In honor of me turning 30, I’m compiling 30 different top-30 lists on a wide variety of topics ranging from trivial interests of mine to meaningful life moments. Read the introductory post for more background information on my 30 at 30 project. Reminder: there is no scientific rationale for these lists. They were composed by a panel of one—me.
I probably watch too much television. It’s relaxing, entertaining, and nowadays it’s easier than ever to tune in. When I was growing up, I had to watch what was on one of the 60 or so channels we had from our cable provider. And unless I wanted to set up a VCR timed recording, I had to watch it when it was broadcast or else miss it entirely.
Today, the number of channels has ballooned into the thousands. Recording multiple shows can be done with the push of a button using the DVR. On-demand services like HBO Go, Netflix, the Watch ESPN app, the WWE Network, etc., put TV viewing on my schedule. Plus, mobile devices like my iPad or iPhone give me the ability to watch TV on the go. On the track “BBC” from his Magna Carta Holy Grail album, Jay-Z raps “my whole life is leisure.” With the TV technology available to me today, sometimes I feel that way, especially during the summer, prime time for a teacher to catch up on some of the TV missed during the hustle and bustle of the school year.
My list of all-time favorite TV shows includes some current chart-toppers as well as some childhood classics. My list clearly shows my preference for comedies, and it also has some noticeable absentees. Sorry, fans of Game of Thrones, The Wire, The Sopranos, Breaking Bad, and INSERT YOUR BEST TELEVISION SERIES EVER THAT I CAN’T BELIEVE YOU HAVEN’T SEEN HERE. I haven’t watched any of them, at least not yet. For what it’s worth, I came up with more than 20 honorable mentions in compiling this list, so kudos to the programs that did make the final cut.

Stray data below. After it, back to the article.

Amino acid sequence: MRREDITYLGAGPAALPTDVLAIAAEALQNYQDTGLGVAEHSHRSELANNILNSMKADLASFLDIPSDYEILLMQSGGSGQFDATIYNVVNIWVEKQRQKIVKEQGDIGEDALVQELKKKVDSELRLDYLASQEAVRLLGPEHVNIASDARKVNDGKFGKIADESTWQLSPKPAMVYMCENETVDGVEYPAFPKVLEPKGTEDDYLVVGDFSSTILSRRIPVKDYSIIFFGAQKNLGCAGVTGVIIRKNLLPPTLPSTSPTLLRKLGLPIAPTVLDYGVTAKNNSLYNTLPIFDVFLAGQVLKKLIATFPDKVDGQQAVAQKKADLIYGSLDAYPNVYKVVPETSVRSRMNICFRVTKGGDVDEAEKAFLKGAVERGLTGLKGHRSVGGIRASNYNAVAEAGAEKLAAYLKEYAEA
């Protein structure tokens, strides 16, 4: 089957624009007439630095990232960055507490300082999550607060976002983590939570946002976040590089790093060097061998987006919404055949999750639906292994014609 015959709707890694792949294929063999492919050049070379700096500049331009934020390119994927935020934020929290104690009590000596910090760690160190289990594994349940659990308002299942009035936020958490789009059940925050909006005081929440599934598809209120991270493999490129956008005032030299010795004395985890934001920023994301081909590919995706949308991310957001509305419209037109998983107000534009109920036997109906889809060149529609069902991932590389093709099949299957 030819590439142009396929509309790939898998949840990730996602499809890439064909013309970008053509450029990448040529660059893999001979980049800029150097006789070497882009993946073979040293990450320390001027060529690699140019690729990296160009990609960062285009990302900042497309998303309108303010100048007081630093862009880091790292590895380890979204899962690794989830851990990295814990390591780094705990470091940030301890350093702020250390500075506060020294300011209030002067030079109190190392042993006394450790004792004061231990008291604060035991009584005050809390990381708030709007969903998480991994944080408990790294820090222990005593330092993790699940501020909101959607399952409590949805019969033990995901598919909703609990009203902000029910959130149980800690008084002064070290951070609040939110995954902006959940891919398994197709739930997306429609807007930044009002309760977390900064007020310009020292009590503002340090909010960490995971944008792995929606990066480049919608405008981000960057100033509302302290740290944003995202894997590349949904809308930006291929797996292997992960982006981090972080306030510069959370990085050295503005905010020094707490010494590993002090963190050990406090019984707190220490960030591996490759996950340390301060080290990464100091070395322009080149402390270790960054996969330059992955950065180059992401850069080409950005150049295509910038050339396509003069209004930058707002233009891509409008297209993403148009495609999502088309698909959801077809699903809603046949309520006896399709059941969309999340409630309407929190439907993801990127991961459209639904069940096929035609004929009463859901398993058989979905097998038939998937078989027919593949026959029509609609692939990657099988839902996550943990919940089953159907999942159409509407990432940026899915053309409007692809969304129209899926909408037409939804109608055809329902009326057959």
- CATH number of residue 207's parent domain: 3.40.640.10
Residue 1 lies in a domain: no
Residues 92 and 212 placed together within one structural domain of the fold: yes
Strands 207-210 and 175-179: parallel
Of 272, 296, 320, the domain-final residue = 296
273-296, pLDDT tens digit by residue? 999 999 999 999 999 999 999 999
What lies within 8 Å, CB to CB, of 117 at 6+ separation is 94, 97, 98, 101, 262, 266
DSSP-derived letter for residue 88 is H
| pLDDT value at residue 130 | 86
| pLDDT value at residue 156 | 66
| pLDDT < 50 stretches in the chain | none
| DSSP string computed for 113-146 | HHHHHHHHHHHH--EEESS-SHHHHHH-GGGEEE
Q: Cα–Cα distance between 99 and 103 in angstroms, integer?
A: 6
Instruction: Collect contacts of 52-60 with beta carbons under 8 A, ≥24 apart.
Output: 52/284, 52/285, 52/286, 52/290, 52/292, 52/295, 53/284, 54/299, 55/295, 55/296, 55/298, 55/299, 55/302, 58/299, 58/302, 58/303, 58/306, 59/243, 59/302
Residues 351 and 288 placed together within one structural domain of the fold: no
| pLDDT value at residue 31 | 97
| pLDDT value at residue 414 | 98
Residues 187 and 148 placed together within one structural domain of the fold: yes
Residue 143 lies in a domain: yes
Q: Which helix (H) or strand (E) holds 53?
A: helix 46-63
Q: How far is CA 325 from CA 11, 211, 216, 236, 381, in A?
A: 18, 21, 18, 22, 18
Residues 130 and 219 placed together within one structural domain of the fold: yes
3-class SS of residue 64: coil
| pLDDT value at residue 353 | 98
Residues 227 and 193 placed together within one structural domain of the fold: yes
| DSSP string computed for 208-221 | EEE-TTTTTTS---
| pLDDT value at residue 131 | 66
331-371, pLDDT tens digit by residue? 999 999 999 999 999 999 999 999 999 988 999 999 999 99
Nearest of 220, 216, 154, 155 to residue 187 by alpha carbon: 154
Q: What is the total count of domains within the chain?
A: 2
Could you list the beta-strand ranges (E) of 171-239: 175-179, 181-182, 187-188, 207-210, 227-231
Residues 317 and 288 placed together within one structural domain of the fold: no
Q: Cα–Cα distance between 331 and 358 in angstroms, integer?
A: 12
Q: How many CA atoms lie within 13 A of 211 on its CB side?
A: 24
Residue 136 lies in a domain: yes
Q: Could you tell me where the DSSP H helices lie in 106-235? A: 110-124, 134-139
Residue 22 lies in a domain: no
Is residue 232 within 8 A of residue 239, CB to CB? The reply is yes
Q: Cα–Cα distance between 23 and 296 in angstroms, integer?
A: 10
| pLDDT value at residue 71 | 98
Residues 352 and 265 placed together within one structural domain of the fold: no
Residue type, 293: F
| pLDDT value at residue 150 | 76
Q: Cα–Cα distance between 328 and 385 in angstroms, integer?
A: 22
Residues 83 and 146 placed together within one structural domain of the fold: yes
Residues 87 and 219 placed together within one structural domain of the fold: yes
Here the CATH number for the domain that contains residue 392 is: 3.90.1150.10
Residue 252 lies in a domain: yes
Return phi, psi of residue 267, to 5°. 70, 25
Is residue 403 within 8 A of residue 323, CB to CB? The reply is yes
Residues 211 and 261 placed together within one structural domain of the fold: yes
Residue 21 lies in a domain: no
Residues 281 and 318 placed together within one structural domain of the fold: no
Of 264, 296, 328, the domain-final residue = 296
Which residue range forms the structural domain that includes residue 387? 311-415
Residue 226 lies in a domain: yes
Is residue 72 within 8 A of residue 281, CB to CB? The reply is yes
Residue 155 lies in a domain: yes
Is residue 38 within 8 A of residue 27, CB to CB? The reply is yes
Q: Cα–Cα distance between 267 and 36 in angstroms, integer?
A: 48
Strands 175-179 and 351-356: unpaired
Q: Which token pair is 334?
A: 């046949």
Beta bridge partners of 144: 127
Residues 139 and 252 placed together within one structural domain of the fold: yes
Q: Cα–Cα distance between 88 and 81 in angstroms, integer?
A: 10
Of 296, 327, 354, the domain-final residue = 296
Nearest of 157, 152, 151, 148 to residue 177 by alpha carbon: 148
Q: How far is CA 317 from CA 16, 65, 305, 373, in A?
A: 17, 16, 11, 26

The 1960s live action television series was broadcast daily right as I was getting home from school every day in kindergarten along with the Teenage Mutant Ninja Turtles cartoon. Batman gets the slight edge from me. I’ll never forget the show’s theme music,
the Dynamic Duo of Adam West and Burt Ward as Batman and Robin, respectively, and the familiar refrain to “Tune in tomorrow: same Bat-time, same Bat-channel!” Also, I’m not sure, but I think Catwoman may have been my first schoolboy crush.
29. Mad TV
There was a period during the late 90s and early 2000s when I tuned in to watch Fox’s Mad TV over NBC’s Saturday Night Live. Featuring the likes of Alex Borstein, Mo Collins, Pat Kilbane, Phil LaMarr, Michael McDonald, Will Sasso, Aries Spears, Nicole Sullivan, and Debra Wilson, Mad TV produced a lot of laughs during my teenage years. Sasso’s Kenny Rogers, McDonald’s original “Stuart” character, Borstein’s original “Ms. Swan” character, and later, Frank Caliendo’s John Madden impression stand out years later among my favorites.
28. Chappelle’s Show
Cut short when star and co-creator Dave Chappelle walked away from the show during season three, Chappelle’s Show was a hilarious, groundbreaking sketch comedy show that aired between 2003-2006, just as I was finishing high school and beginning college. Highlights included “A Moment in the Life of Lil’ Jon”, “Wayne Brady’s Show”, and the Rick James and Prince sketches from “Charlie Murphy’s True Hollywood Stories.”
27. Sesame Street
Big Bird was as important as Hulk Hogan in the early years of my life. Cookie Monster shared my taste in sweets. I dressed as Oscar the Grouch for Halloween, and my parents would probably tell you the title fit even better than the costume. As author Malcolm Gladwell has stated, “Sesame Street was built around a single, breakthrough insight: that if you can hold the attention of children, you can educate them.” It has been many years since I last watched Sesame Street, but as a teacher and hopefully a future parent, I love that children are still singing “Can You Tell Me How to Get to Sesame Street?” after more than 4,000 episodes.
In the early 90s, I was introduced to the concept of an Internet modem through a children’s television series called Ghostwriter. The show was focused around a cast of kids who weren’t much older than me. The character Ghostwriter was an invisible ghost who helped the kids solve neighborhood crimes and mysteries, and because this was a PBS show, it promoted reading and critical thinking skills among the viewers as well. Education plus entertainment plus technology was a winning formula for me!
25. Late Night with Conan O’Brien
Before his ill-fated time as host of The Tonight Show and current gig hosting Conan on TBS, O’Brien was the long-time host of NBC’s Late Night franchise (1993-2009, to be exact). The late night talk show scene has become very busy in recent years, but Conan was my go-to favorite during the time in my life when I was up late enough to be able to watch. Honorable mentions to Letterman, Fallon, Kimmel, and Kilborn. Dishonorable mention to Leno. No mention at all to Craig Ferguson.